Tobacco smoke is a leading contributor to cardiovascular disease (CVD) development. Next-generation tobacco and nicotine products (NGPs) such as e-cigarettes with reduced levels of chemical toxicants are rising in popularity but the differential effect of e-cigarette smoke on CVD processes like monocyte adhesion and vascular endothelial cell dysfunction compared to tobacco smoke is not clear. Makwana and Colleagues designed a new in vitro model using the BioFlux system that has microfluidic channels mimicking in vivo vascular flow to investigate the effects of e-cigarette smoke and tobacco cigarettes on CVD development. Lifeline’s Primary Human Aortic Endothelial cells (HAECs), grown in VascuLife VEGF Endothelial Cell Culture Medium with VEGF LifeFactors, were used to establish monolayers in the BioFlux microfluidic channels. Endothelial cells were treated for 24h with tobacco or e-cigarette smoke conditioned media prior to the monocyte adhesion assay. The researchers found that both tobacco and e-cigarette smoke increases monocyte adhesion to the to HAECs but that e-cigarette smoke did so to a much lesser degree. Tobacco smoke-induced adhesion was preferentially mediated by the ICAM-1-CD11b pathway while the results suggest an alternate molecular mechanism of action driving monocyte adhesion for e-cigarette smoke. This study successfully validated the BioFlux microfluidics system that, in combination with the THP-1 monocyte adhesion assay, is better in vivo model to study the tobacco risk continuum that could be implemented by other labs to provide standardization to enable collaborative and global studies in the future.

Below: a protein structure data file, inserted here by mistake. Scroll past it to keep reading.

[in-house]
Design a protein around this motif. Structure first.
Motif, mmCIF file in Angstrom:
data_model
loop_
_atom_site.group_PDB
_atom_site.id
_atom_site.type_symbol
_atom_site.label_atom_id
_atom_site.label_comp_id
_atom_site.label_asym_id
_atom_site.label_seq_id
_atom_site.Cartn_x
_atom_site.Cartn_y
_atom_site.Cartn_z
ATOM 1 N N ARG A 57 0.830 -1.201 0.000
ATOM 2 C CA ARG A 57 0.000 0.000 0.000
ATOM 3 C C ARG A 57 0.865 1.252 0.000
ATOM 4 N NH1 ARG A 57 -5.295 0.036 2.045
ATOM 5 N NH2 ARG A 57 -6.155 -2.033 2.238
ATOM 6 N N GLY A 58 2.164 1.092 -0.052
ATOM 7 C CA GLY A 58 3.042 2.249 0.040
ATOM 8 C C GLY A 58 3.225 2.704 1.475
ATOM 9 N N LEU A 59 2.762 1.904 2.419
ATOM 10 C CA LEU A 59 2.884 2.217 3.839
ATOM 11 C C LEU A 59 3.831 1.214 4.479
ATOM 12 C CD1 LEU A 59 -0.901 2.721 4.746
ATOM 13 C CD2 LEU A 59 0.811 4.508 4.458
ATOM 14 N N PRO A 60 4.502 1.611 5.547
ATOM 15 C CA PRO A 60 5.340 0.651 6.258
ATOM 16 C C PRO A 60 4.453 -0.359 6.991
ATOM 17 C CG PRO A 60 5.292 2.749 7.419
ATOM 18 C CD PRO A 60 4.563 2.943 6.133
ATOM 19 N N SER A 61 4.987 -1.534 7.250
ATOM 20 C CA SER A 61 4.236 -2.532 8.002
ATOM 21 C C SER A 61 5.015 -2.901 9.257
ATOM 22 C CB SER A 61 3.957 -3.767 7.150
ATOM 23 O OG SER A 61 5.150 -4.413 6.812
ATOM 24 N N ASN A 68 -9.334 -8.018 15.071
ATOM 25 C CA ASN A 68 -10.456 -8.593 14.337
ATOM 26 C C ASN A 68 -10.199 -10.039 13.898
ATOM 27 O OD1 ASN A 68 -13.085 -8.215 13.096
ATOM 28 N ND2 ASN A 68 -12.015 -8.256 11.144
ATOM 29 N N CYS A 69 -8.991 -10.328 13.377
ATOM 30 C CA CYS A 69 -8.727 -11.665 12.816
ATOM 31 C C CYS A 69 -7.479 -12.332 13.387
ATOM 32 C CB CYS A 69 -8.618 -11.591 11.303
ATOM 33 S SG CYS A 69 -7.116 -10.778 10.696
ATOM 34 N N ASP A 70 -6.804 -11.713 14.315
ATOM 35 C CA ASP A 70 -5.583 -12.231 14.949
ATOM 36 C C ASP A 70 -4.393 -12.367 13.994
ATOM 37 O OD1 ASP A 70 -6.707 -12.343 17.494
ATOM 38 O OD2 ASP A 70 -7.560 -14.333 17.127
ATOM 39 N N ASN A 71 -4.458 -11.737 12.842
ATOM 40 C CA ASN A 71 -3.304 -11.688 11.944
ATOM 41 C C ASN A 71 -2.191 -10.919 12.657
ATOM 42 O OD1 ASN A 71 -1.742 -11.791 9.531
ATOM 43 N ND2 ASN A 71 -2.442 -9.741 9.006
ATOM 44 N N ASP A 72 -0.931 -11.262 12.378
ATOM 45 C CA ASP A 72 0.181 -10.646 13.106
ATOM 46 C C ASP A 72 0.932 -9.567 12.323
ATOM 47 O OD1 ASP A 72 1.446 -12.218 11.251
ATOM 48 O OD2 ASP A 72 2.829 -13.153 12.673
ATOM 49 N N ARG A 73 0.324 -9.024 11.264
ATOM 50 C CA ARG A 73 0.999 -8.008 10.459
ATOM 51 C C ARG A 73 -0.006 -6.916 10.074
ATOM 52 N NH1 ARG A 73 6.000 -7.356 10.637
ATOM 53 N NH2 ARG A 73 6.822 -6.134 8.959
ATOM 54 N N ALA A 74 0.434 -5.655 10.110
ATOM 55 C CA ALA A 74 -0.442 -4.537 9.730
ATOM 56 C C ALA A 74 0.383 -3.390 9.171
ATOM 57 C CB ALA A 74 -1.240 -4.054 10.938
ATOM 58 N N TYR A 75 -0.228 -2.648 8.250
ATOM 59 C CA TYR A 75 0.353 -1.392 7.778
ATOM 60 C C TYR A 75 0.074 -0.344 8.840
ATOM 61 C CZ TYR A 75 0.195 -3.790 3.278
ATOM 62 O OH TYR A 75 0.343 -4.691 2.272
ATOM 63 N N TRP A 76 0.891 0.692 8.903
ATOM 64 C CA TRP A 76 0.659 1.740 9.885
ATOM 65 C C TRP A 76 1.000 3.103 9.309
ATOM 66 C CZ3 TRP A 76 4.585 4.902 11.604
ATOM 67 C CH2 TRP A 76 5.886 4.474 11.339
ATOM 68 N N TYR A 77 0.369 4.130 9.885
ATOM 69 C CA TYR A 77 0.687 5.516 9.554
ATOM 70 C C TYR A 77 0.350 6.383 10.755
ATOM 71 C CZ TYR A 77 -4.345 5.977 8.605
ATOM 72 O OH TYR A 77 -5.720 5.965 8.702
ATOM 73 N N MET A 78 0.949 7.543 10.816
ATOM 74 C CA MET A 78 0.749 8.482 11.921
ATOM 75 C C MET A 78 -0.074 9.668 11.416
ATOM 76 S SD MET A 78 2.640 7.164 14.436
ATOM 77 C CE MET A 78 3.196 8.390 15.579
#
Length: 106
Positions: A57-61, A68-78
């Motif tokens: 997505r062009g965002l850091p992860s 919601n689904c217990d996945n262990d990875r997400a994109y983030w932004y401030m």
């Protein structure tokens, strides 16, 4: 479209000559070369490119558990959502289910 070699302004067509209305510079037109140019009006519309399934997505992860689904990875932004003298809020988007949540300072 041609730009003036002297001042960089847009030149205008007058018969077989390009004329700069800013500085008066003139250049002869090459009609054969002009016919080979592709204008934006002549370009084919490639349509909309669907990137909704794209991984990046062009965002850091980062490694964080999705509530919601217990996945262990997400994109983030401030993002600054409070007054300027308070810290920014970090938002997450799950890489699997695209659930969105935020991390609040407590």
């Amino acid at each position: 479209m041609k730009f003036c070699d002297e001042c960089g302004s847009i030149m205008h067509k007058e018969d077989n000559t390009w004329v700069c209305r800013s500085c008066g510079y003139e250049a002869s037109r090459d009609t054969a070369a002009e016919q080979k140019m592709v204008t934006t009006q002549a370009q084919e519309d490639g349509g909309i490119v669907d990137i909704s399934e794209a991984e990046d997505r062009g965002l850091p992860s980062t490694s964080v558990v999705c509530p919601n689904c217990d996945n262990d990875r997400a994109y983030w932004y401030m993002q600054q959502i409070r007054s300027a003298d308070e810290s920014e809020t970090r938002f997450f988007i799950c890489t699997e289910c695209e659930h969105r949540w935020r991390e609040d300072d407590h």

We want to wish everyone a safe and happy end to 2021 and look forward to continuing our coverage of new and interesting topics across a spectrum of life sciences research with you on the blog in 2022. Be sure to sign up for our newsletter so you don’t miss any new promotions.